Abstract submission deadline - Closed
Author Registration deadline - 6 July 2018
University of Virginia, USA
James T. Burns has been an Assistant Professor in the Center for Electrochemical Science and Engineering within the Department of Materials Science and Engineering at the University of Virginia since 2011.
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Professor Burns received a B.S degree from the United States Air Force Academy in Engineering Mechanics (Materials track) with a Mathematics minor in 2002. He completed his M.S. and Ph.D in Material Science and Engineering at the University of Virginia in 2006 and 2010, respectively. After his commission he served as an Aircraft Battle Damage Engineer and Assistant Aircraft Structural Integrity Program (ASIP) manager for the C-130 from 2002-2004 and he served as a Research Engineer at the Air Force Research Laboratory – Materials and Manufacturing Directorate from 2006-2010. During his military service he received unit level recognition as the top Company Grade Officer, led the top Engineering Team, was an Outstanding Performer in Operation Readiness Inspections, and received the US Air Force Commendation Medal in 2009. He currently has an active research group consisting of 8 graduate students and 4 undergraduate students. His efforts have been distinguished by winning an AFOSR-Young Investigator Research Program grant, the Virginia Space Grant Consortium New Investigator Program Award, finalist for the ASM Henry Marion Howe Medal for best paper in Met Mater Trans A, recognized as one of the top 25 papers published in Int J Fatigue in 2012, elected to be Chairman of the organization/editorial committee of the Fatigue Damage of Structural Materials Conference, invited to the Scientific Advisory Board of the International Fatigue Congress, and Co-Chairman of International Hydrogen Conference His research focuses on the intersection of metallurgy, solid mechanics and chemistry which is currently at the forefront of several important engineering challenges. Alloy development and modeling of the fatigue/fracture behavior of complex metal components necessitates an understanding of the pertinent microstructure and damage physics. Specifically, the interaction of localized stress/strain with environment conditions, with a particular emphasis on behavior at the crack tip. In general, experimental data from controlled environmental testing are coupled with high fidelity characterization techniques to gain mechanistic understanding of the damage process; such knowledge is used to inform theoretical and engineering level models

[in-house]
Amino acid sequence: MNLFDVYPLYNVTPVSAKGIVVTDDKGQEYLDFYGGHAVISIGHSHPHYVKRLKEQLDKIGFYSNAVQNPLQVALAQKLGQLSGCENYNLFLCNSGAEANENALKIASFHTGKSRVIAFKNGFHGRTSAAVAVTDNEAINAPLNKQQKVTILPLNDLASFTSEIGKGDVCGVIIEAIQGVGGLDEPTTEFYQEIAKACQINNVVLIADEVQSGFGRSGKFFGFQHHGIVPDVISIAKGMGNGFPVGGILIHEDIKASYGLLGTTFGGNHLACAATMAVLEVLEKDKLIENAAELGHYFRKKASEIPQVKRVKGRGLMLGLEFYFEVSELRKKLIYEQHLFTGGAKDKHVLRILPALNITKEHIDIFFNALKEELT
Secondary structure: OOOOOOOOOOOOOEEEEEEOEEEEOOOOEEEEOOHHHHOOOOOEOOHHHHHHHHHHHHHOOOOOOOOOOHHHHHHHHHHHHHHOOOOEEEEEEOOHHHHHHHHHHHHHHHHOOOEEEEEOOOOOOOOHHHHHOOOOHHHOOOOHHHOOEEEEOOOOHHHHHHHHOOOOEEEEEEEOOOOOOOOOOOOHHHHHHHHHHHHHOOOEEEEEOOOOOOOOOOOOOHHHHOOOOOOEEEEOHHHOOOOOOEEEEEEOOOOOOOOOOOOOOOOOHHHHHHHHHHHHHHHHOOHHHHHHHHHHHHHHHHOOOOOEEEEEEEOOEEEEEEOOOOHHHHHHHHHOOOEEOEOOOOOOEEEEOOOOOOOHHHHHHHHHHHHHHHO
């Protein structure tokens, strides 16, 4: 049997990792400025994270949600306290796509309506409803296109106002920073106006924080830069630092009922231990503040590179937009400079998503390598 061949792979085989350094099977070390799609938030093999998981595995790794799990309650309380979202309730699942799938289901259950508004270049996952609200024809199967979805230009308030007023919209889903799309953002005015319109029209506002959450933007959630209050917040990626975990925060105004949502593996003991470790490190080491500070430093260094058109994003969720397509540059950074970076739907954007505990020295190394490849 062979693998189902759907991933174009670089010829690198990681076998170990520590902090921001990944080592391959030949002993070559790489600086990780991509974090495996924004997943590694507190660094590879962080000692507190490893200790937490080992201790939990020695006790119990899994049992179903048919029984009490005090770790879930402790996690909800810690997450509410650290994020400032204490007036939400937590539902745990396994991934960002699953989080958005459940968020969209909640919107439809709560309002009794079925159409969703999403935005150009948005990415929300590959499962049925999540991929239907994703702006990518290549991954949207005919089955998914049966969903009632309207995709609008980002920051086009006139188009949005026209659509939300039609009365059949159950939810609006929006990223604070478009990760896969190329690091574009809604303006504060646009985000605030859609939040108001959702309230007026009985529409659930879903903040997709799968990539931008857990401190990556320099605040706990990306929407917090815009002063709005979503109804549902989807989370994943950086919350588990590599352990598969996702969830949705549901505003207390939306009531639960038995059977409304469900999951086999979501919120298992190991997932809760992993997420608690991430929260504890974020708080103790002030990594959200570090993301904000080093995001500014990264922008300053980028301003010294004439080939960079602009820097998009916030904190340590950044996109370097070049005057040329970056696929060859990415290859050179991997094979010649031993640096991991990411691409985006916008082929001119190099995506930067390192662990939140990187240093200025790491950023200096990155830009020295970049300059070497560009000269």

University of Southampton, UK
Professor Philippa A.S. Reed is Professor of Structural Materials within Engineering and the Environment at the University of Southampton.
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Philippa Reed graduated with a BA (Hons) in Materials Science and Metallurgy from Cambridge University in 1985, where she also obtained her Ph.D. on brittle failure in nuclear pressure vessel steels sponsored by Rolls Royce and Associates. Subsequent post-doctoral research at Cambridge investigated fatigue failure of aerospace turbine disc materials and was supported by Rolls Royce and DRA Aerospace, Farnborough. She then spent six months at Oxford University as a SERC Postdoctoral Research Fellow before joining the Department of Engineering Materials in 1992 as a lecturer. She was elected to the Structural Materials Peer Review College of EPSRC in 1997, gaining CEng status in 1998, a Senior Lectureship in 1999, a Readership in 2002, Professorial status in 2006 and was elected a Fellow of the Institute of Materials, Minerals and Mining in 2009. She is currently Head of Mechanical Engineering and Director of the EngD in Transport and the Environment.